investigation, in violation of Minn. R. Prof. Conduct
8.1(a)-(b), 8.4(c)-(d). Severson, 860 N.W.2d at
664-65, 669, 672. Severson gave the attorney for D.S.
misleading invoices for purported past legal services he had
provided to D.S., in an attempt to reduce the amount he owed
her. Id. at 664-65, 672. Severson also made a number
of misrepresentations to the Director regarding where the
funds of D.S. were invested and the legitimacy of his
invoices for legal services. Id.
misconduct described above, we indefinitely suspended
Severson. Id. at 674-75. Severson filed his first
petition for reinstatement in 2016. In re Severson,
889 N.W.2d 291, 291 (Minn. 2016) (order). After conducting a
hearing, the panel found that Severson did not prove by clear
and convincing evidence that he recognized the wrongfulness
of his conduct or that he had undergone the requisite moral
change. Id. Accordingly, the panel recommended that
we deny Severson's petition. Id. Neither party
challenged that recommendation, and we denied the petition.
7, 2017, Severson filed the current petition for
reinstatement. A panel considered his petition at a hearing.
Severson's evidence included a letter he wrote to D.S.
and progress notes prepared by K.A., Severson's therapist
since February 2017. Severson, K.A., and two character
witnesses, S.P. and D.D., testified. The panel issued its
findings of fact and recommended that we grant Severson's
petition for reinstatement. The Director challenges several
of the panel's findings of fact and recommendation.
the sole responsibility for determining whether an attorney
should be reinstated to the practice of law. In re
Kadrie, 602 N.W.2d 868, 870 (Minn. 1999). To determine
whether reinstatement is appropriate, "[w]e
independently review the entire record." In re
Singer, 735 N.W.2d 698, 703 (Minn. 2007). Although we
consider the panel's recommendations, we are not bound by
them. Id. Where, as here, a transcript has been
ordered, "we will defer to the panel's credibility
assessments and uphold the panel's factual findings if
those determinations have factual support in the record and
are not clearly erroneous." In re Mose, 843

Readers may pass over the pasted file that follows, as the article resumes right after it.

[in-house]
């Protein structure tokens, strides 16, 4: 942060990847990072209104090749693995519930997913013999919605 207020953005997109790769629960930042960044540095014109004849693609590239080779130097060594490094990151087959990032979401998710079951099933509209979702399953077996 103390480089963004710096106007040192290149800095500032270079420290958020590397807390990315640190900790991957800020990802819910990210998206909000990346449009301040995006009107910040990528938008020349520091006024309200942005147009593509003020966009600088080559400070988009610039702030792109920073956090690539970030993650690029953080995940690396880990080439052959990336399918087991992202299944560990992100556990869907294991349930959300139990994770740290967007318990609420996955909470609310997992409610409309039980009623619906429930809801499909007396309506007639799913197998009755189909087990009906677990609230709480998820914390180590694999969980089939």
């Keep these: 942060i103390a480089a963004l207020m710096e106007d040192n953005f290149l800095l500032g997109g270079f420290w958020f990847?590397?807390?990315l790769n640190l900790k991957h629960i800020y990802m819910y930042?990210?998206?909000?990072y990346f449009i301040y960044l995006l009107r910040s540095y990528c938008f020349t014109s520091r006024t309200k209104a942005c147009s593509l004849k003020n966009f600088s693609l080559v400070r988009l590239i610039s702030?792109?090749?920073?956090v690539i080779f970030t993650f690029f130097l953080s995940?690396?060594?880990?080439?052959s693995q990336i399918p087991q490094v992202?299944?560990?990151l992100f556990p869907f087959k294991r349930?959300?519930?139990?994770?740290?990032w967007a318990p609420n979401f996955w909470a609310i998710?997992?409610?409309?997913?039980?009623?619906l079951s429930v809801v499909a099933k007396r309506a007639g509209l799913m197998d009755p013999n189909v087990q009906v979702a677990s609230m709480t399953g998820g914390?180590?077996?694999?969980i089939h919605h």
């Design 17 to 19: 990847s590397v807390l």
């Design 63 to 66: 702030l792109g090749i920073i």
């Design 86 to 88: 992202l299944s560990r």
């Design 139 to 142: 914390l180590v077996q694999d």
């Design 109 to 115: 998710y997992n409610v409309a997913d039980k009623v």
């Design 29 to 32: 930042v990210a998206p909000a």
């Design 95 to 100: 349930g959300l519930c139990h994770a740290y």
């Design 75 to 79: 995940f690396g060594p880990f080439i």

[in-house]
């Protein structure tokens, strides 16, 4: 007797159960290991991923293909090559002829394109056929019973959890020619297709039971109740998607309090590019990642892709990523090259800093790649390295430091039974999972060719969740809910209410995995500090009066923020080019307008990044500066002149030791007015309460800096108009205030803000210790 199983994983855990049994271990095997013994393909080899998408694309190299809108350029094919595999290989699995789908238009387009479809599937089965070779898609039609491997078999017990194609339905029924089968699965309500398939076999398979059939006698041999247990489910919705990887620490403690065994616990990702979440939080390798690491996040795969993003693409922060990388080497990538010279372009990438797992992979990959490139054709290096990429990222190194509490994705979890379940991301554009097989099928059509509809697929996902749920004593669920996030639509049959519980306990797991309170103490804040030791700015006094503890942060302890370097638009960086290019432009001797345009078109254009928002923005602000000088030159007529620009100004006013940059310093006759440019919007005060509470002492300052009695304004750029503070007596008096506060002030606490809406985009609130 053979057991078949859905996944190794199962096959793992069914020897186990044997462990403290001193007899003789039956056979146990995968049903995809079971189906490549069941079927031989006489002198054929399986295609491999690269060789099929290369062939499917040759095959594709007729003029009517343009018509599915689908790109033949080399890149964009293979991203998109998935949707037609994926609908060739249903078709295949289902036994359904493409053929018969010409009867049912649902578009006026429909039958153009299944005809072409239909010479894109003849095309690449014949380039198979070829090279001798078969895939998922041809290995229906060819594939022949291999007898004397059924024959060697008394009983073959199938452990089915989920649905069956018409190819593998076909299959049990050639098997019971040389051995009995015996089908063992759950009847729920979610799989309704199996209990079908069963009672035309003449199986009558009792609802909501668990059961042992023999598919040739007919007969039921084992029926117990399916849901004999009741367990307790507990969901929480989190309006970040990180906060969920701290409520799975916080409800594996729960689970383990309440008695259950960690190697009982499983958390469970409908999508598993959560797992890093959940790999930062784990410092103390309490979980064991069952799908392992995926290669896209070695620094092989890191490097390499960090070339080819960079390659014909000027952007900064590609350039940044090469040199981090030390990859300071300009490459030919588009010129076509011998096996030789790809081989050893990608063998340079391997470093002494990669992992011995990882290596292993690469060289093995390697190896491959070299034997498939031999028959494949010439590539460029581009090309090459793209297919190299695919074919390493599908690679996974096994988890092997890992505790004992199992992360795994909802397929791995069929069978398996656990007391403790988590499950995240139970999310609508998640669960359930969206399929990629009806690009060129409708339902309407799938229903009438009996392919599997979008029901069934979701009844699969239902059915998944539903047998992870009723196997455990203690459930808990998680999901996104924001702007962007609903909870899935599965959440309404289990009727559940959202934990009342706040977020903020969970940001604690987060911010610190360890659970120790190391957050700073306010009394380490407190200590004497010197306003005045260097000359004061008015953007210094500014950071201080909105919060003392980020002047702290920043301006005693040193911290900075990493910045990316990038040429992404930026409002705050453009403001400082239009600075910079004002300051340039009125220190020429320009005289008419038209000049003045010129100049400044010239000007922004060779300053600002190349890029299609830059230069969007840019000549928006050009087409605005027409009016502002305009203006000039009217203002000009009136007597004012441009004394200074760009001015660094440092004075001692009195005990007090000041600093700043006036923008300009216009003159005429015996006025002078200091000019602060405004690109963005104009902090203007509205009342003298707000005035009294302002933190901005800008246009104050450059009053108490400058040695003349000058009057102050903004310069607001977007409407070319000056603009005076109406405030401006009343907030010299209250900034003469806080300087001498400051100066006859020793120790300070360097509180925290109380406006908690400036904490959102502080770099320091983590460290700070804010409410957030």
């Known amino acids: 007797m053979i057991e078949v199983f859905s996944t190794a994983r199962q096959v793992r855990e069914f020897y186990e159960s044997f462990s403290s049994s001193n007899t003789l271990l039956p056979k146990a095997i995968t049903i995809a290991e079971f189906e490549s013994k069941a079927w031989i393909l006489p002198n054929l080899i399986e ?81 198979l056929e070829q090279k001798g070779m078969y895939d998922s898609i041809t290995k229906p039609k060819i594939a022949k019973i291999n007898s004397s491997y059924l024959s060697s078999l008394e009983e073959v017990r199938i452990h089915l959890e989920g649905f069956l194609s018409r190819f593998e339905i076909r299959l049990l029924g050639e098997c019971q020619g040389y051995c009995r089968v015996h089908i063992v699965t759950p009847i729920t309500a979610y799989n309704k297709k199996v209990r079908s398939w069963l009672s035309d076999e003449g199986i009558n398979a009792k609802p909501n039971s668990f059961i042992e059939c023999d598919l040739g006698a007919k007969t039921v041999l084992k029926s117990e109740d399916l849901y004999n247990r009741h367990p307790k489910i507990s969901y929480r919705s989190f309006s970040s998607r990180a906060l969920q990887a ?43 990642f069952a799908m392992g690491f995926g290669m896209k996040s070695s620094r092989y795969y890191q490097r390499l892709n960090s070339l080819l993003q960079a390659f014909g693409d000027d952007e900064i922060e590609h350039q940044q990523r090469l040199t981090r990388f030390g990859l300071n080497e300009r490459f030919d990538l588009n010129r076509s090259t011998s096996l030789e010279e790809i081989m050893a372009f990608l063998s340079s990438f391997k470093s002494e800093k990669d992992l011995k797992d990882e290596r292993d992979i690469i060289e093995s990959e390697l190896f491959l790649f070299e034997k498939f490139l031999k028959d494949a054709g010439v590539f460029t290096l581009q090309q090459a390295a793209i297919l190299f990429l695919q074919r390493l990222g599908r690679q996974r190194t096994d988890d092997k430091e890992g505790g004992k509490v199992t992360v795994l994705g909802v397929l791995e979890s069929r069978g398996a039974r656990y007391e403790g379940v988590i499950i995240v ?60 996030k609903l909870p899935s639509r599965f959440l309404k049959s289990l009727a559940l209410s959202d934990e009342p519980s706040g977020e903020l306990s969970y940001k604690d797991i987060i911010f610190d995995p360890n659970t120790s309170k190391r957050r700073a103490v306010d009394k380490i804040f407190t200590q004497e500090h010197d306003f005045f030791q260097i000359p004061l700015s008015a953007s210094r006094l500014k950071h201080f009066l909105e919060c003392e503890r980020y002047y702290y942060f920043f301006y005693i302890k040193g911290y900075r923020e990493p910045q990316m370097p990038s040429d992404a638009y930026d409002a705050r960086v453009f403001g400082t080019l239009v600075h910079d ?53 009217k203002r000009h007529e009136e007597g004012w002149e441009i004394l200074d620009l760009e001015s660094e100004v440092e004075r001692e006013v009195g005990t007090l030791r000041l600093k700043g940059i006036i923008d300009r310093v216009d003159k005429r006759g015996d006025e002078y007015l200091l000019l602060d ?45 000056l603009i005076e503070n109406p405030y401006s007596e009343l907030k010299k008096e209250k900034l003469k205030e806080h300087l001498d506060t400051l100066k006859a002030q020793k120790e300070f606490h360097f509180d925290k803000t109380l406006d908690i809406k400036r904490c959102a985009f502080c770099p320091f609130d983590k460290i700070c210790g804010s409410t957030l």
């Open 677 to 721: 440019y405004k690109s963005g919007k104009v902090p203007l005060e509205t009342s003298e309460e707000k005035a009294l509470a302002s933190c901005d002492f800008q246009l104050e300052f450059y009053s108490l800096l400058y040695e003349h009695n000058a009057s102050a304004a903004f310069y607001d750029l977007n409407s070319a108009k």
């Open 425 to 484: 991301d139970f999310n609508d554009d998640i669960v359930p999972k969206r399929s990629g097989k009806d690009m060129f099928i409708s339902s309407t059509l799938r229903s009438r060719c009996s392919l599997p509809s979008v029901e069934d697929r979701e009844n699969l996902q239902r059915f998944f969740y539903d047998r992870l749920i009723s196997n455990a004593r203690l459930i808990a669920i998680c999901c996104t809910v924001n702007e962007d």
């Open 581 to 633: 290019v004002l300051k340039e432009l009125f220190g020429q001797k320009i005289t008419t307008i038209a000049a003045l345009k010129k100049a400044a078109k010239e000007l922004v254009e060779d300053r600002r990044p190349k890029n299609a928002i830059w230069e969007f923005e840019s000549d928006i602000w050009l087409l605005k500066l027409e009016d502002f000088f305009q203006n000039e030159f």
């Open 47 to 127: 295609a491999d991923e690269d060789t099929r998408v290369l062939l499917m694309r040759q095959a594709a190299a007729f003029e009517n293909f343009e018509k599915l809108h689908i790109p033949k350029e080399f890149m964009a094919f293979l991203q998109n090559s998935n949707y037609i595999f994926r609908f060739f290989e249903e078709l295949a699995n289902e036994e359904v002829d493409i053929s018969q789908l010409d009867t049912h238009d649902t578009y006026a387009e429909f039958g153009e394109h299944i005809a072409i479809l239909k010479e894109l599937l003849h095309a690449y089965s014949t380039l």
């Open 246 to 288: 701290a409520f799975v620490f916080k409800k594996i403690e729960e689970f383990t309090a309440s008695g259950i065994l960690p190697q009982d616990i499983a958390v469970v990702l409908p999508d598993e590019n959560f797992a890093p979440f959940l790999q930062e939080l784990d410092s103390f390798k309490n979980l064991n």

N.W.2d 570, 573 (Minn. 2014). To conclude that the findings
are clearly erroneous, "we must be 'left with the
definite and firm conviction that a mistake has been
made.'" In re Lyons, 780 N.W.2d 629, 635
(Minn. 2010) (quoting Gjovik v. Strope, 401 N.W.2d
664, 667 (Minn. 1987)).
suspended attorney "bears the burden of establishing
that reinstatement should be granted." In re
Stockman, 896 N.W.2d 851, 856 (Minn. 2017).
Reinstatement requirements include: "(1) compliance with
the conditions of suspension, (2) compliance with the
requirements of Rule 18, [Rules on Lawyers Professional
Responsibility] RLPR, and (3) demonstration of a moral
change." Id. (citations omitted). Beyond these
three requirements, we "weigh five other factors."
Id. Those factors are: "(1) the
petitioner's recognition of the wrongfulness of his
conduct; (2) the length of time since the original misconduct
and the suspension; (3) the seriousness of the original
misconduct; (4) the existence of physical or mental illness
or pressures that are susceptible to correction; and (5) the
petitioner's intellectual competency to practice
law." Singer, 735 N.W.2d at 703. Because the
parties agree that Severson complied with the conditions of
his suspension and has completed the requirements of Rule 18,
RLPR, the only dispute before us is whether Severson has
demonstrated the requisite moral change and whether the five
factors weigh in favor of Severson's reinstatement.
of moral change "is the most important factor" in
determining whether an attorney should be reinstated.
Stockman, 896 N.W.2d at 857. An attorney seeking
reinstatement "must establish by clear and convincing
evidence that she or he has undergone such a moral change as
now to render him a fit person to enjoy the public confidence
and trust once forfeited." In re Jellinger, 728
N.W.2d 917, 922 (Minn. 2007) (internal quotation marks
omitted) (citation omitted). The requisite moral change
"must be such that if the petitioner were reinstated,
'clients could submit their most intimate and important
affairs to him with complete confidence in both his
competence and fidelity.'" Kadrie, 602
N.W.2d at 870 (quoting In re Herman, 197 N.W.2d 241,
244 (Minn. 1972)). In general, "to prove moral change a
lawyer must show remorse and acceptance of responsibility for
the misconduct, a change in the lawyer's conduct and
state of mind that corrects the underlying misconduct that
led to the suspension, and a renewed commitment to the
ethical practice of law." Mose, 843 N.W.2d at
575. The evidence of this moral change" 'must come
not only from an observed record of appropriate conduct, but
from the petitioner's own state of mind and his
values.'" Id. (quoting In re
Swanson, 405 N.W.2d 892, 893 (Minn. 1987)).
and acceptance of ...